The iron pillar
CHAPTER 10
BUILDINGS, PAINTINGS AND BOOKS
Metallurgy
Ancient Indian metallurgists made major 
contributions to the metallurgical history of the 
world. Archaeological excavations have shown 
that the Harappans were master craftsmen and 
had knowledge of copper metallurgy. They even 
manufactured bronze by mixing copper and tin. 
While the Harappans belonged to the Bronze Age, 
their successors belonged to the Iron Age. India 
produced highly advanced types of iron-forged 
iron, wrought iron and cast iron.
The iron pillar
The iron pillar at 
Mehrauli, Delhi, is a 
remarkable example 
of the skill of Indian 
craftspersons. It is 
made of iron, 7.2m 
high, and weighs over 
3 tonnes. It was made 
about 1500 years 
ago. We know the 
date because there is an inscription on the pillar 
mentioning a ruler named Chandra, who probably 
belonged to the Gupta dynasty (Chapter 9). What 
is amazing is the fact that the pillar has not rusted 
through the centuries.
Buildings in brick and stone
The skills of our crafts persons are also apparent in 
the buildings that have survived, such as stupas. 
The word stupa means a mound. While there 
are several kinds of stupas, round and tall, big 
and small, these have certain common features. 
Generally, there is a small box placed at the centre 
or heart of the stupa. This may contain bodily 
remains (such as teeth, bone or ashes) of the 
Marutasami and the iron pillar
Marutasami was so excited. His brother had propelled 
his wheelchair all along the dusty, stony path, past the 
Qutb Minar, and up the metal ramp. It had been tough, 
but now he was here, in front of the famous iron pillar. 
It was an unforgettable experience.
Chapter 9-10.indd   96 22 April 2022   02:53:33
Rationalised 2023-24
97 ?
buildings , paintings  
and books T op : The Great Stupa at 
Sanchi, Madhya Pradesh.
Stupas like this one 
were built over several 
centuries. While the brick 
mound probably dates 
to the time of Ashoka 
(Chapter 7), the railings 
and gateways were added 
during the time of later 
rulers.
Left : Sculpture from 
Amaravati. 
Look at the picture and 
describe what you see.
Buddha or his followers, or things 
they used, as well as precious 
stones, and coins. 
This box, known as a relic 
casket, was covered with earth. 
Later, a layer of mud brick or 
baked brick was added on top. 
And then, the dome like structure 
was sometimes covered with 
carved stone slabs. 
Often, a path, known as the 
pradakshina patha, was laid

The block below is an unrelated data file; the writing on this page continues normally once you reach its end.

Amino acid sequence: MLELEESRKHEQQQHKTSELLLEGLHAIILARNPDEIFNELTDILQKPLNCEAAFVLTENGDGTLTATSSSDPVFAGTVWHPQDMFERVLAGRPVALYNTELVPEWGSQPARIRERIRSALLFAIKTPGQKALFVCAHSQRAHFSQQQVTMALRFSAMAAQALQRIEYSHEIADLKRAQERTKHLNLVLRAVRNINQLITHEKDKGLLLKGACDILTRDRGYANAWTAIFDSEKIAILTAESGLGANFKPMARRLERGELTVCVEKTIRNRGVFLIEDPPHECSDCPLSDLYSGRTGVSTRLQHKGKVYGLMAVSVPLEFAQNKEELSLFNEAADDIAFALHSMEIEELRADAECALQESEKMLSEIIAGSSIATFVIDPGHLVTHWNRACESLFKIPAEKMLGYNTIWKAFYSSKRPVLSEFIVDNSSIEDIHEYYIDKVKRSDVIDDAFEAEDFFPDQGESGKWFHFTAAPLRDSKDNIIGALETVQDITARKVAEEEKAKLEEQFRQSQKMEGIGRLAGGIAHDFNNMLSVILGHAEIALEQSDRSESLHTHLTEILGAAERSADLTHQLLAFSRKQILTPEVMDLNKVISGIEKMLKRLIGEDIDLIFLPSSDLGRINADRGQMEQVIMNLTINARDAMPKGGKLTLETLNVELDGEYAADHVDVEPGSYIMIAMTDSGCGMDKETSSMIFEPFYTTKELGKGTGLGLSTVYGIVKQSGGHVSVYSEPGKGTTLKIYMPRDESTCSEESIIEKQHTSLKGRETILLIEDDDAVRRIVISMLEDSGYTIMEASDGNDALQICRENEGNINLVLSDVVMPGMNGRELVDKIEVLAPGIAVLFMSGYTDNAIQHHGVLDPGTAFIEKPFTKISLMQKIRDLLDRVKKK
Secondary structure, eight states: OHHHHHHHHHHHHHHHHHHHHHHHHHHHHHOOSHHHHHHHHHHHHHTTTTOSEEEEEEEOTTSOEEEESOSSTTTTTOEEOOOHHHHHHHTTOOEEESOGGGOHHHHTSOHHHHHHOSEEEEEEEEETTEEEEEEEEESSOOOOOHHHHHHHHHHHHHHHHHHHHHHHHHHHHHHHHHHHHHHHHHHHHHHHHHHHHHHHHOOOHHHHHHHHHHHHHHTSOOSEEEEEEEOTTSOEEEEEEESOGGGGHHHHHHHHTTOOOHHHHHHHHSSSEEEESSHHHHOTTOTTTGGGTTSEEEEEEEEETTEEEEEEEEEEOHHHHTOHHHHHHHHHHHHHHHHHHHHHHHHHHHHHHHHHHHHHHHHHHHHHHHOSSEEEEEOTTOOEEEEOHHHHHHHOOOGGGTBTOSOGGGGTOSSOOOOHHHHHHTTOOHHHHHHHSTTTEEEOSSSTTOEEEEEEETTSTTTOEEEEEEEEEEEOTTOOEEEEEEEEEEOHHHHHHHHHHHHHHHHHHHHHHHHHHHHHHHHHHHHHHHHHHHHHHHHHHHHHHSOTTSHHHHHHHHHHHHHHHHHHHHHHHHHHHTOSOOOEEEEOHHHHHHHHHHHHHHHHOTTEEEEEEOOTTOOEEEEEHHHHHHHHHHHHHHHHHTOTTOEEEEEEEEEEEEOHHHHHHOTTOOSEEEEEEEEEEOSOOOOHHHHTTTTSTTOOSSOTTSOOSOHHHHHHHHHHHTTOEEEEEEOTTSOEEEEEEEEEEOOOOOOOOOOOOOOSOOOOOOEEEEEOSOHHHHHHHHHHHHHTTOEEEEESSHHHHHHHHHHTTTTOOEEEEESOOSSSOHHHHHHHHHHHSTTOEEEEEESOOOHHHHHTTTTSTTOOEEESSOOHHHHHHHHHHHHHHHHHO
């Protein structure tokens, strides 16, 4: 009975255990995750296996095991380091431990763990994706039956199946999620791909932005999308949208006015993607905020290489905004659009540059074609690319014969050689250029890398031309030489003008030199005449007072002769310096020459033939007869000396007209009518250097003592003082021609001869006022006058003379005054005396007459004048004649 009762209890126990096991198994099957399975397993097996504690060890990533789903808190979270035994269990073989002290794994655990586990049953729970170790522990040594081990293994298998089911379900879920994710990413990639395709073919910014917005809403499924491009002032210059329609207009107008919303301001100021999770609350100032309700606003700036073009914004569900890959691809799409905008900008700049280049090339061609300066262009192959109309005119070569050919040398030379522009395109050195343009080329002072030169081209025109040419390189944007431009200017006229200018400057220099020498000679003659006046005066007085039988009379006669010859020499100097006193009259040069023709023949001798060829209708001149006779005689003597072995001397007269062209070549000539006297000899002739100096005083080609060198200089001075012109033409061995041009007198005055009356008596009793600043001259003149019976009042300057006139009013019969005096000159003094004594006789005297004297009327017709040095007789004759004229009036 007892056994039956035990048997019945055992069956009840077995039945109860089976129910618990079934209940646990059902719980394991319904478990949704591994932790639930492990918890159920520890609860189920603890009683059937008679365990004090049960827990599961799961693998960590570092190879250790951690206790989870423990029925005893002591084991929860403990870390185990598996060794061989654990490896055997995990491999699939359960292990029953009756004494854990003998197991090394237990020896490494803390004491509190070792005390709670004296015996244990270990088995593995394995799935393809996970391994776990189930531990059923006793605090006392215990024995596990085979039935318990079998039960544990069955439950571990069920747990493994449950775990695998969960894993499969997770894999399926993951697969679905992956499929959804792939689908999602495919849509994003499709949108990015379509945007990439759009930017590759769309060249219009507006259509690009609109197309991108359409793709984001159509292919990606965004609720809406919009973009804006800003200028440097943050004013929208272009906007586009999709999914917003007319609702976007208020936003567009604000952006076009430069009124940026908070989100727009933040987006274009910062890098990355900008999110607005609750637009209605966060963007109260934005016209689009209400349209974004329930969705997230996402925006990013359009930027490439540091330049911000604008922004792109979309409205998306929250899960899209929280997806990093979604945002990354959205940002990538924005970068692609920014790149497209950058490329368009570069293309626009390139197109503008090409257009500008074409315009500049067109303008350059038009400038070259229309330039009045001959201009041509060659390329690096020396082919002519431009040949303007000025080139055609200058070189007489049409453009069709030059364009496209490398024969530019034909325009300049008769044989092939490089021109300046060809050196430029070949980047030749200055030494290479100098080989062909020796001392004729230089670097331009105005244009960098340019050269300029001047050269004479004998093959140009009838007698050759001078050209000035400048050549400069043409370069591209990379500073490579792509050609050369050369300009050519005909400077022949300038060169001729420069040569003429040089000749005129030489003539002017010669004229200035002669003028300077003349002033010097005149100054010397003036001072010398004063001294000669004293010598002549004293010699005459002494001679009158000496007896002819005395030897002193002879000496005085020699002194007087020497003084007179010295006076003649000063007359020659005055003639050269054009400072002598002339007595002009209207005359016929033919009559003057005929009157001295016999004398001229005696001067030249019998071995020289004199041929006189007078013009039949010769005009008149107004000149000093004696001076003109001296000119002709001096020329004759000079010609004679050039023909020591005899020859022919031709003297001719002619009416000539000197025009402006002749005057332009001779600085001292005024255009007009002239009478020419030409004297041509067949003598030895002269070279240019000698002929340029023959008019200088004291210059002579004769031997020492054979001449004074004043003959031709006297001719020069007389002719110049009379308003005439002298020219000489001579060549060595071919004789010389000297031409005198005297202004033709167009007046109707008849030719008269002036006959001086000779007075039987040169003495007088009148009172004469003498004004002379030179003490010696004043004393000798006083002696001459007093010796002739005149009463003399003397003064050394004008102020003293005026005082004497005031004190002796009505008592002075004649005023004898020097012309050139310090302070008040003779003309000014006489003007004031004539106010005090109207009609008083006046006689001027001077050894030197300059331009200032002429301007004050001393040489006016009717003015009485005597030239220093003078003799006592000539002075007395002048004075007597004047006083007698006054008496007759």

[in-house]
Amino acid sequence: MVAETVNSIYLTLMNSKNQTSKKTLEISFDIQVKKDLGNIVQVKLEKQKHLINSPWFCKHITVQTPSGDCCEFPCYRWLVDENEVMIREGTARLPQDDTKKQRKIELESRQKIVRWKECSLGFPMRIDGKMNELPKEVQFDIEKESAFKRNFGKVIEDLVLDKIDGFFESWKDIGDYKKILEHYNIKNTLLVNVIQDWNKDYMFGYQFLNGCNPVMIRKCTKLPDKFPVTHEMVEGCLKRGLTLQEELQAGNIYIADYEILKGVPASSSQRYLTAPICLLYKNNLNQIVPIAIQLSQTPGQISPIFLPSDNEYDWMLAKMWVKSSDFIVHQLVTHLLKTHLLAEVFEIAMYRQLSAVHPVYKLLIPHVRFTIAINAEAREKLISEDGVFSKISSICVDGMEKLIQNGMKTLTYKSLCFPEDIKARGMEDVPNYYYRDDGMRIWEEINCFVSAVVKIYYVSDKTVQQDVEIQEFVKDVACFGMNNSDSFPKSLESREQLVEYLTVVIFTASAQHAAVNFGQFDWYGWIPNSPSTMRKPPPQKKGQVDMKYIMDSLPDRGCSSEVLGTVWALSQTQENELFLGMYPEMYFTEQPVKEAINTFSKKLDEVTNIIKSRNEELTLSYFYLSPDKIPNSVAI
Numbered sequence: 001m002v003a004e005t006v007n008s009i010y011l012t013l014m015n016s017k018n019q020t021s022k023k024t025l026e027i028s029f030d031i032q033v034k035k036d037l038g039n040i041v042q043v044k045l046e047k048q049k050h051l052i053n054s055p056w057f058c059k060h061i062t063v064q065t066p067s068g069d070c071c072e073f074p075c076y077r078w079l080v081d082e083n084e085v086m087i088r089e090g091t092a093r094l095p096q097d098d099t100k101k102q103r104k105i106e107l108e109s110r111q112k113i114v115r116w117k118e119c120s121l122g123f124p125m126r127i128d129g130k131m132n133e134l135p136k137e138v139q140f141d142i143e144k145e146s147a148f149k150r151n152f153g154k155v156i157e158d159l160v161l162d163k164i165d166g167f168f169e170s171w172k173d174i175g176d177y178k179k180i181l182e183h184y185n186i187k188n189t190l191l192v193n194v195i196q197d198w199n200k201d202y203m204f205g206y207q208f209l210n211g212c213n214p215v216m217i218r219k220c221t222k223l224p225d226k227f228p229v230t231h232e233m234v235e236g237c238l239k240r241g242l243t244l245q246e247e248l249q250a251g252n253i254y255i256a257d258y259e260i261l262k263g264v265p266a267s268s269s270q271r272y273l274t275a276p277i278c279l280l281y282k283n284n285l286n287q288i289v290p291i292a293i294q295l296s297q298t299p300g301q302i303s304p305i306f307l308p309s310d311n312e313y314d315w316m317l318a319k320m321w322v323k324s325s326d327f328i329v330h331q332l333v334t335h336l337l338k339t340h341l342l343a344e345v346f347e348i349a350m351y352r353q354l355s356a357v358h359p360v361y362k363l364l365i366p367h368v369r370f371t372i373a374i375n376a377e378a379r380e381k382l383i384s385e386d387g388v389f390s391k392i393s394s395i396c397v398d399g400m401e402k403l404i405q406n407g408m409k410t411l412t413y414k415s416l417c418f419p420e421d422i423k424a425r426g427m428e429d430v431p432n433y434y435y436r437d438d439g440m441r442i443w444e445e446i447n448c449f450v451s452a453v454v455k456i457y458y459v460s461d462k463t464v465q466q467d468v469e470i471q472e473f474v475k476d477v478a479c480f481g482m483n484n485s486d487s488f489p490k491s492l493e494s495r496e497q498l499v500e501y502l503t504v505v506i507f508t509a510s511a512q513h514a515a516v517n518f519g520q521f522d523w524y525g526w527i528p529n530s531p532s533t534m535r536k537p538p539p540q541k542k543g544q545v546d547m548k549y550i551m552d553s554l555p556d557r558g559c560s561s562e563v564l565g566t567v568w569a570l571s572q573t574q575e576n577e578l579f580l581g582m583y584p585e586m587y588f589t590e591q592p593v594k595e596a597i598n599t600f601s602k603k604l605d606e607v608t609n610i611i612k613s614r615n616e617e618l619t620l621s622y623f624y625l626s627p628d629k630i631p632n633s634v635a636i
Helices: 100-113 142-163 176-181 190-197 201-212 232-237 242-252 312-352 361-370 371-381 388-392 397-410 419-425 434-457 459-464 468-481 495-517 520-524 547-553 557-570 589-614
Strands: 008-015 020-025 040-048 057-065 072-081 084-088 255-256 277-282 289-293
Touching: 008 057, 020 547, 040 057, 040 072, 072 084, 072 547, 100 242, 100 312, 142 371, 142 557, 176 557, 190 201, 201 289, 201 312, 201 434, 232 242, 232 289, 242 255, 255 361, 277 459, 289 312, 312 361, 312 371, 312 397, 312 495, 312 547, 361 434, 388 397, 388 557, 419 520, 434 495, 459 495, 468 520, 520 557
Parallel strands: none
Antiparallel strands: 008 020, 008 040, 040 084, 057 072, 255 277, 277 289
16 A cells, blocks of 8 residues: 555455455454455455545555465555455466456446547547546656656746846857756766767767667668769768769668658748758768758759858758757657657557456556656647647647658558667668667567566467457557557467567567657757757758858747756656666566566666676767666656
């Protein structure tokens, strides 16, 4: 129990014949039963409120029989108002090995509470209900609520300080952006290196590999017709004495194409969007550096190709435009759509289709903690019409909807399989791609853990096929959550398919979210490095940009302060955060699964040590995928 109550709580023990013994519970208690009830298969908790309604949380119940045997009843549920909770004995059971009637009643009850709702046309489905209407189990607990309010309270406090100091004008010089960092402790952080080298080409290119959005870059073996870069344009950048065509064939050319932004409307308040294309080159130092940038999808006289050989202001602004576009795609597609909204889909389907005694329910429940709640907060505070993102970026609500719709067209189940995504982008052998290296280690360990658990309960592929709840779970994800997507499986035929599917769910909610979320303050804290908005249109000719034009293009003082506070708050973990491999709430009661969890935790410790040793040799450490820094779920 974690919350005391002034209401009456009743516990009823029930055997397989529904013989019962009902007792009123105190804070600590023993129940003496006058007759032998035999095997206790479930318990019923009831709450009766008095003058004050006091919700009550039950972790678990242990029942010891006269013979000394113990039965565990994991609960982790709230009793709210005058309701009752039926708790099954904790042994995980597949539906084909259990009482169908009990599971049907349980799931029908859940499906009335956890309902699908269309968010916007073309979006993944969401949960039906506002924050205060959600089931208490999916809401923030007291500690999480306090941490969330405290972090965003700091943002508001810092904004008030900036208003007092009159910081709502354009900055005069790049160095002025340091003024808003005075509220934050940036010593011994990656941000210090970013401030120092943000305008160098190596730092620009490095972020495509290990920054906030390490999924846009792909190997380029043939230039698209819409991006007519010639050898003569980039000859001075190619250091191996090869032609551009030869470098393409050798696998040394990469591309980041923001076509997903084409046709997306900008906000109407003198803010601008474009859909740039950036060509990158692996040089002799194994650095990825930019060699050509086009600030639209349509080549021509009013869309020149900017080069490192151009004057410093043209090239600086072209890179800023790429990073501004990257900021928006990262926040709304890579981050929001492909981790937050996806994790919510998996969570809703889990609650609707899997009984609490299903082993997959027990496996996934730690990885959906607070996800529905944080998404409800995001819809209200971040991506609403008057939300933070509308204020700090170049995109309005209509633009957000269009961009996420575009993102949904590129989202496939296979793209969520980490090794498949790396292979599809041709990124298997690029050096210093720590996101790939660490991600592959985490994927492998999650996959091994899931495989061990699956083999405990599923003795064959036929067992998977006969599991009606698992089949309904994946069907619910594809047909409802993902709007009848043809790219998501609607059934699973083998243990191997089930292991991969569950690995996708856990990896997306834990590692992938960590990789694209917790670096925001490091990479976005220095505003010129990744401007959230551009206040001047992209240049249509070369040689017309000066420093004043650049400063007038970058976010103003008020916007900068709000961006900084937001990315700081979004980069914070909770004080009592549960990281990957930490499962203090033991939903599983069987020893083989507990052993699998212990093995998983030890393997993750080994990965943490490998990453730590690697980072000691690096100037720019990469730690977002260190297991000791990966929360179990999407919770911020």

around the stupa. This was 
surrounded with railings. Entrance 
to the path was through gateways. 
Devotees walked around the 
stupa, in a clockwise direction, as 
a mark of devotion.  Both railings 
and gateways were often decorated 
with sculpture. 
Find Amaravati on Map 7 (page 87). This was 
a place where a magnificent stupa once existed. 
Many of the stone carvings for decorating the stupa 
were made about 2000 years ago. 
Other buildings were hollowed out of rock to 
make artificial caves. Some of these were very 
elaborately decorated 
with sculptures and 
painted walls.  
Some of the 
earliest Hindu 
temples were also 
built at this time. 
Deities such as 
Vishnu, Shiva, 
and Durga were 
worshipped in 
these shrines. The 
Chapter 9-10.indd   97 22 April 2022   02:53:35
Rationalised 2023-24
? 98
our pasts –i T op : An early temple at 
Bhitargaon, Uttar Pradesh.
This was built about 1 500 
years ago, and was made 
of baked brick 
and stone.  
T op Right : Monolithic 
temples at 
Mahabalipuram.
Each of these was carved 
out of a huge, single piece 
of stone (that is why they 
are known as monoliths). 
While brick structures are 
built up by adding layers 
of bricks from the bottom 
upwards, in this case the 
stone cutters had to work 
from top downwards.
List the problems that  
stone cutters may 
have faced. 
Right : The Durga temple 
at Aihole, built about 1 400 
years ago. 
most important part of the temple was the  room 
known as the garbhagriha, where the image of 
the chief deity was placed. It was  here that priests 
performed religious rituals, and devotees offered 
worship to the deity. 
Often, as at Bhitargaon, a tower, known as the 
shikhara, was built on top of the garbhagriha, to 
mark this out as a sacred place. Building shikharas 
required careful planning. Most temples also had a 
space known as the mandapa. It was a hall where 
people could assemble.    
Find Mahabalipuram and Aihole on Map 7  
(page 87). Some of the finest stone temples were 
built in these towns. Some of these are shown here.
Chapter 9-10.indd   98 22 April 2022   02:53:38
Rationalised 2023-24
Page 4


The iron pillar
CHAPTER 10
BUILDINGS, PAINTINGS AND BOOKS
Metallurgy
Ancient Indian metallurgists made major 
contributions to the metallurgical history of the 
world. Archaeological excavations have shown 
that the Harappans were master craftsmen and 
had knowledge of copper metallurgy. They even 
manufactured bronze by mixing copper and tin. 
While the Harappans belonged to the Bronze Age, 
their successors belonged to the Iron Age. India 
produced highly advanced types of iron-forged 
iron, wrought iron and cast iron.